A part of the Rialzo has been established as a makeshift mosque for migrants from Muslim lands—the only mosque in Cosenza. In the spring, Rialzo hosted a Nowruz celebration in solidarity with the rebel Kurds of Syria’s Rojava region. On the night I attended a squatter soirée there, a class in traditional West African drumming and dance was being led by a young teacher from Ivory Coast.


Some of the young Calabrese squatters at Rialzo recalled Salvini’s past as leader of the Northern League, who rose to prominence in the ‘90s by stigmatizing Italy’s South as an economic drain. The Northern League actually sought secession from Italy for the industrialized Po Valley. Having dropped its separatist pretensions and now renamed simply the League in a bid for national power, it today demonizes immigrants rather than Southerners. Prima gli Italiani—Italians First—was Salvini’s new slogan.

cozenza meticcia

But the kids at Rialzo have not forgotten his (recent) past. “Salvini is racist against African people but also racist against people from the South,” a young squatter named Roberto tells me. He points to a door painted brightly with the words “Cosenza Meticcia”—mixed, akin to the Spanish word mestizo. “Calabria is multicultural,” he says. “So many peoples passed through over the centuries—Greeks, Romans, Saracens [Arabs], Normans, Spanish, Arbresh [Albanians].” Going back to ancient times, he recalls that the Bruzzi or Bruttians, the local Italic tribe, resisted Rome. “We in Cosenza inherited that mentality,” he says wryly.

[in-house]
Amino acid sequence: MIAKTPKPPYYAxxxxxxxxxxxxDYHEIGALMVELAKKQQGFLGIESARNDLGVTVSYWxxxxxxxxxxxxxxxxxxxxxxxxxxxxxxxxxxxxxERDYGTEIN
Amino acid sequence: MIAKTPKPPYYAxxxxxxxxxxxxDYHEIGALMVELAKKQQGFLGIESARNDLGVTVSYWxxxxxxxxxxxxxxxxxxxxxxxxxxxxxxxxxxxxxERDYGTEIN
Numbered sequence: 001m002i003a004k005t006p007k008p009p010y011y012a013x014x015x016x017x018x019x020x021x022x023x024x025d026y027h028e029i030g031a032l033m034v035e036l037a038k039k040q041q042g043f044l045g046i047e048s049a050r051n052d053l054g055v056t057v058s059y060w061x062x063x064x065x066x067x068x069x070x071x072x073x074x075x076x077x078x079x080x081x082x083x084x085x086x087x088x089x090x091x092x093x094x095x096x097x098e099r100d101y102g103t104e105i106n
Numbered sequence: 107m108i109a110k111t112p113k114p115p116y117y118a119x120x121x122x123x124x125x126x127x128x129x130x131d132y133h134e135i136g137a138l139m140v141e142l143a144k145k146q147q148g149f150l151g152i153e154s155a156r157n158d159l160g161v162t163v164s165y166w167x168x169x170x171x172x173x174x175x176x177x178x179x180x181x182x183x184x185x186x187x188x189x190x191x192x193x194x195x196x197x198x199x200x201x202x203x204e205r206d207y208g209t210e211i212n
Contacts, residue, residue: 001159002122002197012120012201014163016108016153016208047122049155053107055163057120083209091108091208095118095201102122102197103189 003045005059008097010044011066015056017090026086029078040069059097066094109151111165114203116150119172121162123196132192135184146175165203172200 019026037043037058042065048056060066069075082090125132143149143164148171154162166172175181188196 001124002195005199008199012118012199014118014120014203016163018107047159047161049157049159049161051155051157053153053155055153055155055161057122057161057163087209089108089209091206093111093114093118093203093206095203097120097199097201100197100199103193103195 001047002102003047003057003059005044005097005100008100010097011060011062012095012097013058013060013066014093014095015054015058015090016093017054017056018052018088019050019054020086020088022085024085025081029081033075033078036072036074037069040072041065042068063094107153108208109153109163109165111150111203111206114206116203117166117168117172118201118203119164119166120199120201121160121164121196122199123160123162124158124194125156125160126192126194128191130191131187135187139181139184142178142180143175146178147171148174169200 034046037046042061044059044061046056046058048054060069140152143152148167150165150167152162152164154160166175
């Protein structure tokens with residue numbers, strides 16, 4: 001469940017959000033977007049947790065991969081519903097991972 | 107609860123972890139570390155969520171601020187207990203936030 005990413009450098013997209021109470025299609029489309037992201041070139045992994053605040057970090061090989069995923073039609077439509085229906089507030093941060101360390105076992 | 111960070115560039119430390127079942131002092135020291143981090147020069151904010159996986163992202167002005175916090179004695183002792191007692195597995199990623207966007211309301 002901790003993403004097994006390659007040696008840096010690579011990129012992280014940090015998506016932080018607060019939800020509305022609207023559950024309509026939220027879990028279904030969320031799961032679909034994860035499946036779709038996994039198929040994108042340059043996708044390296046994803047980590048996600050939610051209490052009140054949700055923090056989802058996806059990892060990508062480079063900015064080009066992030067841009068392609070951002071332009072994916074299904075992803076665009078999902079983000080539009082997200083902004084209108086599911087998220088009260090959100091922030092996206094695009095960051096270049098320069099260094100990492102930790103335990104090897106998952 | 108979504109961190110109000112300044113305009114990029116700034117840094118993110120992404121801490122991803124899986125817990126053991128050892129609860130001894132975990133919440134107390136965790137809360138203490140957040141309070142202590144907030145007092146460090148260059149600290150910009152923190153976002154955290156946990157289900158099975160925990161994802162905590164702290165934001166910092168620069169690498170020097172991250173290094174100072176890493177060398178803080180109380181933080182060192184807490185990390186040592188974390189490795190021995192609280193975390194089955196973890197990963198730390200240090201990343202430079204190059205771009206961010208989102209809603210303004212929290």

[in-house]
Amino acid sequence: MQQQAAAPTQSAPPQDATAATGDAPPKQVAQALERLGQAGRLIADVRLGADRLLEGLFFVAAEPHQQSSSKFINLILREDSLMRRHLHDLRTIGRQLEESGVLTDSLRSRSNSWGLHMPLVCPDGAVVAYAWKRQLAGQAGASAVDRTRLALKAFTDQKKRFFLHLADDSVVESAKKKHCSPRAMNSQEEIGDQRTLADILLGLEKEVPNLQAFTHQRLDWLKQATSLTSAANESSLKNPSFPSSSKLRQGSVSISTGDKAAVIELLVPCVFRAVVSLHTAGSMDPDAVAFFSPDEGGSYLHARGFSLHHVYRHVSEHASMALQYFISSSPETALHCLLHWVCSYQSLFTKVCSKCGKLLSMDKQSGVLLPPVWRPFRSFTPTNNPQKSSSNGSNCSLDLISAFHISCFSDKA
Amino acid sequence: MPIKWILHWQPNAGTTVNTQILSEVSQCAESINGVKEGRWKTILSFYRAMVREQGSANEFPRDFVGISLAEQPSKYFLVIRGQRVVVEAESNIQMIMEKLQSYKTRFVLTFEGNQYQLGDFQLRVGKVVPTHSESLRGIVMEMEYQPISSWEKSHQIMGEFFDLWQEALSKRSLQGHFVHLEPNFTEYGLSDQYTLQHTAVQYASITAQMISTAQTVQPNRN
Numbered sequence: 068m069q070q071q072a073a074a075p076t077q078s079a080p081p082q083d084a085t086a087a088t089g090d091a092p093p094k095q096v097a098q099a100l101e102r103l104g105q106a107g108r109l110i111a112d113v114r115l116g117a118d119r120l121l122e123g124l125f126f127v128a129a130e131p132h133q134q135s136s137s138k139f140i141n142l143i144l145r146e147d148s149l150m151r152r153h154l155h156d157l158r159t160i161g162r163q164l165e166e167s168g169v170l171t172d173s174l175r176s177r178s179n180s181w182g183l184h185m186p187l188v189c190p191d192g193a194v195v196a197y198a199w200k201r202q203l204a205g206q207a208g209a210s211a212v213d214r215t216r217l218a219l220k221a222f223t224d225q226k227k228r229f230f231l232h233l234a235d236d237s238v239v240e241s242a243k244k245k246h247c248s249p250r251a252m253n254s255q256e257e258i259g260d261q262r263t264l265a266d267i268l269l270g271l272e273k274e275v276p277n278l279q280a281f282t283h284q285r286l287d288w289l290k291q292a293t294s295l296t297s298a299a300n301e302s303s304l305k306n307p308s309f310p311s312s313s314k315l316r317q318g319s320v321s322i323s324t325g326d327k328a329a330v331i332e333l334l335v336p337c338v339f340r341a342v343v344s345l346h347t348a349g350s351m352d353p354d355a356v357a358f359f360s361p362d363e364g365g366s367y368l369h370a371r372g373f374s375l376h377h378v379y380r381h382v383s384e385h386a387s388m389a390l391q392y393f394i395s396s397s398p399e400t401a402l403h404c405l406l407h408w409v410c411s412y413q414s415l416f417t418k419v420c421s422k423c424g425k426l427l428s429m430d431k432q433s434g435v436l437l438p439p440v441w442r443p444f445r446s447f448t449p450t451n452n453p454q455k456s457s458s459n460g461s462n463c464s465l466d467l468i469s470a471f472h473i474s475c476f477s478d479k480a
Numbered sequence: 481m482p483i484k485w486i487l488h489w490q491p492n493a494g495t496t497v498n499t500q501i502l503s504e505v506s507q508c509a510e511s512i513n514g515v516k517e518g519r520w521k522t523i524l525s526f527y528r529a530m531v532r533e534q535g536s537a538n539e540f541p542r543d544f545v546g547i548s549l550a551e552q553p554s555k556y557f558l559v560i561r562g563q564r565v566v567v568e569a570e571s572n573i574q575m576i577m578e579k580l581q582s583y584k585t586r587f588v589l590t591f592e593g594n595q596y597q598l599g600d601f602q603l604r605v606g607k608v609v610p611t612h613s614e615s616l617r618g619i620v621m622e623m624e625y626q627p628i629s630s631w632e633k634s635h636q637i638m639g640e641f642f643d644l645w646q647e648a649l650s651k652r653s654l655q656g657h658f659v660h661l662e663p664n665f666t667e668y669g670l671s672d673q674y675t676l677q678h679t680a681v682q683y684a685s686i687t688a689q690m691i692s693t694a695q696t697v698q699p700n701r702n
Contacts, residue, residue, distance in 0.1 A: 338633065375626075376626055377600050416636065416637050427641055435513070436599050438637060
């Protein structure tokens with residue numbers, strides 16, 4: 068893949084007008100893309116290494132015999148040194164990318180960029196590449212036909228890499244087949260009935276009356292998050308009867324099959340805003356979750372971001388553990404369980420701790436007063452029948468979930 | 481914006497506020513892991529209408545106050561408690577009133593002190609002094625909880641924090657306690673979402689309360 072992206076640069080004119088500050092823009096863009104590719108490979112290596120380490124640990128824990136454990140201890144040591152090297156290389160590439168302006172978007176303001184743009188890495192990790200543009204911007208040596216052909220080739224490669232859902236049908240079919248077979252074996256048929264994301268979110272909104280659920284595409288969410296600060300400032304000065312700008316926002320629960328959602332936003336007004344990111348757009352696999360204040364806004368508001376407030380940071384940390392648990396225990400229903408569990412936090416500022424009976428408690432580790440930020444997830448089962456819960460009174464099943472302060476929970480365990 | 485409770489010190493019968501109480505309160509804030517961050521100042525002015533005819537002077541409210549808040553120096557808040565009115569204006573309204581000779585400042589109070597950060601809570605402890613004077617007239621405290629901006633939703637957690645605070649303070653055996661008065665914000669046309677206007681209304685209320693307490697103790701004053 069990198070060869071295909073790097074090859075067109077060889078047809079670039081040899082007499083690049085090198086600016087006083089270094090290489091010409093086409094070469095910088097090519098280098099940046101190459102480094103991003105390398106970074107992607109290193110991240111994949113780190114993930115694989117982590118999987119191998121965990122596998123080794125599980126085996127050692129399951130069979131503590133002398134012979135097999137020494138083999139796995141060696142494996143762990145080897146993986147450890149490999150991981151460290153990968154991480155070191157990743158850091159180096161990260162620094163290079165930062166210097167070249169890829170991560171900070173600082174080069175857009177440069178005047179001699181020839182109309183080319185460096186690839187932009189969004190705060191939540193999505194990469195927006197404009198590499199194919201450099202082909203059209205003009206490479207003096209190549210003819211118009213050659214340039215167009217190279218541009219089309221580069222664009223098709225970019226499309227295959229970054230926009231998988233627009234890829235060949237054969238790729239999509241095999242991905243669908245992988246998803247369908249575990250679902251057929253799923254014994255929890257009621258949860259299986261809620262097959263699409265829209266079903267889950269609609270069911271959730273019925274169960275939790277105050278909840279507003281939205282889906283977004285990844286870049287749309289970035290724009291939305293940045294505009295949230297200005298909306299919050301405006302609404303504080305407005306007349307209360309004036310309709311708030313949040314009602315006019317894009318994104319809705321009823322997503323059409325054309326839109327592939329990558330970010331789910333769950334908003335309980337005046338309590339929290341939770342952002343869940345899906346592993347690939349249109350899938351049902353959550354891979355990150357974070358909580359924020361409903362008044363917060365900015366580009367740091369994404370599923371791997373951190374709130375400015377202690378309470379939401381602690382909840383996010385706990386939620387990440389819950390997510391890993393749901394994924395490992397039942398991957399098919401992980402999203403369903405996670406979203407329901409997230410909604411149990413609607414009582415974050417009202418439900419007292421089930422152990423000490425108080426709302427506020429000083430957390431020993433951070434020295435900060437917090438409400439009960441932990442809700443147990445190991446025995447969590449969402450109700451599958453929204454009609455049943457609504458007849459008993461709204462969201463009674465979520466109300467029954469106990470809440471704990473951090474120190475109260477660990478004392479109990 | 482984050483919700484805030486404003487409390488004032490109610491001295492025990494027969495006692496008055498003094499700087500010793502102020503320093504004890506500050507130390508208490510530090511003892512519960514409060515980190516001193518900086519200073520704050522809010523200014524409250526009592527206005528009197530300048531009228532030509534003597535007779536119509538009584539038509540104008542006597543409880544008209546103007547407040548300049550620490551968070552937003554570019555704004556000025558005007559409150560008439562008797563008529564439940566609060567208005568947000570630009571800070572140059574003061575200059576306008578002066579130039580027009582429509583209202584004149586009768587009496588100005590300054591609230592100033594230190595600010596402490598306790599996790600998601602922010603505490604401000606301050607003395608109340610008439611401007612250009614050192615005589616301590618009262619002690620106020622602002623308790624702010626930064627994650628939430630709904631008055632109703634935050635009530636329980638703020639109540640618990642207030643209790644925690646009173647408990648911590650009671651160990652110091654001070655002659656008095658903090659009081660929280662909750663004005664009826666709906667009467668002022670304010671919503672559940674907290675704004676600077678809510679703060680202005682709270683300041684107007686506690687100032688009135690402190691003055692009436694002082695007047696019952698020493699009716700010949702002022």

Rialzo mural

Battling the bureaucracy of detention
One of the murals at Rialzo depicts the local protests against the CIE—the Center for Identification and Expulsion, a prison-like camp for intercepted undocumented migrants, across the mountains to the west in the coastal city of Lamezia. It was closed in 2006 after a four-year protest campaign. A second CIE in Calabria, at Crotone, across the mountains to the east on the Ionian coast, was closed after an uprising at the camp in 2013. But there are still 10 such camps around Italy—including three in Sicily. They have recently been renamed CPRs, or Centers of Detention for Repatriation. The detained can be held at the CPRs for up to 18 months, usually followed by forced deportation.

The Italian government maintains a bureaucratic alphabet soup of agencies for every stage of processing migrants. Those deemed to have a credible case for asylum are held in a Reception Center for Asylum Seekers, or CARA. Once an asylum bid is filed and pending, the detainees are transferred to an Extraordinary Reception Center, or CAS. There are several of both in Calabria and Sicily. Those cleared as legitimate asylum applicants are released to the Protection System for Applicants, or SPRAR, with local branches often overseen by nonprofits. Those in the SPRAR system have freedom of movement and can apply for citizenship after five years.

A registered SPRAR facility in Cosenza is the Kasbah, which began as a community center in an occupied empty school building in 2001. It entered the SPRAR system in 2005, under contract to the Cosenza municipal government, with Interior Ministry oversight. The Kasbah’s Emilia Corea says the center has processed hundreds of asylum applicants, helping them to find housing and providing them with counseling and other aid. Most passed through Libya, a key transit point for migrants.